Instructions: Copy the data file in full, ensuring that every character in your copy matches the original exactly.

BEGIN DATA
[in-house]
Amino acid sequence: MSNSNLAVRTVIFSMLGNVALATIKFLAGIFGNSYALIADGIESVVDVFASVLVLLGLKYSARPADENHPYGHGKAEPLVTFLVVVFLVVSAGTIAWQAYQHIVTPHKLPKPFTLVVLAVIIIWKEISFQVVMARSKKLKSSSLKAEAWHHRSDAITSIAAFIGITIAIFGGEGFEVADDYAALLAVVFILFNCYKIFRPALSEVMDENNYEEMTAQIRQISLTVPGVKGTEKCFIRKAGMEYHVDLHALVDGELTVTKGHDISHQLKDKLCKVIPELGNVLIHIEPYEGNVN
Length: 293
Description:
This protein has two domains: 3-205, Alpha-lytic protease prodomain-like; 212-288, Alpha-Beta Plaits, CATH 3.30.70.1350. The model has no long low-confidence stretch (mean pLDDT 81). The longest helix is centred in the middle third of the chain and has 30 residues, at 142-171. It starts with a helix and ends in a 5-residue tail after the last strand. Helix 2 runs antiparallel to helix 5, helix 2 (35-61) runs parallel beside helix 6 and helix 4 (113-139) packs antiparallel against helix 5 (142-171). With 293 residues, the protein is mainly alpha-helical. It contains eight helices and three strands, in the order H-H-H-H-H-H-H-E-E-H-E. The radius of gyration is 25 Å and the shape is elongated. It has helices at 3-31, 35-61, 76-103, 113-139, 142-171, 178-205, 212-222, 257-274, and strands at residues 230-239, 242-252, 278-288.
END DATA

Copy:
[in-house]
Amino acid sequence: MSNSNLAVRTVIFSMLGNVALATIKFLAGIFGNSYALIADGIESVVDVFASVLVLLGLKYSARPADENHPYGHGKAEPLVTFLVVVFLVVSAGTIAWQAYQHIVTPHKLPKPFTLVVLAVIIIWKEISFQVVMARSKKLKSSSLKAEAWHHRSDAITSIAAFIGITIAIFGGEGFEVADDYAALLAVVFILFNCYKIFRPALSEVMDENNYEEMTAQIRQISLTVPGVKGTEKCFIRKAGMEYHVDLHALVDGELTVTKGHDISHQLKDKLCKVIPELGNVLIHIEPYEGNVN
Length: 293
Description:
This protein has two domains: 3-205, Alpha-lytic protease prodomain-like; 212-288, Alpha-Beta Plaits, CATH 3.30.70.1350. The model has no long low-confidence stretch (mean pLDDT 81). The longest helix is centred in the middle third of the chain and has 30 residues, at 142-171. It starts with a helix and ends in a 5-residue tail after the last strand. Helix 2 runs antiparallel to helix 5, helix 2 (35-61) runs parallel beside helix 6 and helix 4 (113-139) packs antiparallel against helix 5 (142-171). With 293 residues, the protein is mainly alpha-helical. It contains eight helices and three strands, in the order H-H-H-H-H-H-H-E-E-H-E. The radius of gyration is 25 Å and the shape is elongated. It has helices at 3-31, 35-61, 76-103, 113-139, 142-171, 178-205, 212-222, 257-274, and strands at residues 230-239, 242-252, 278-288.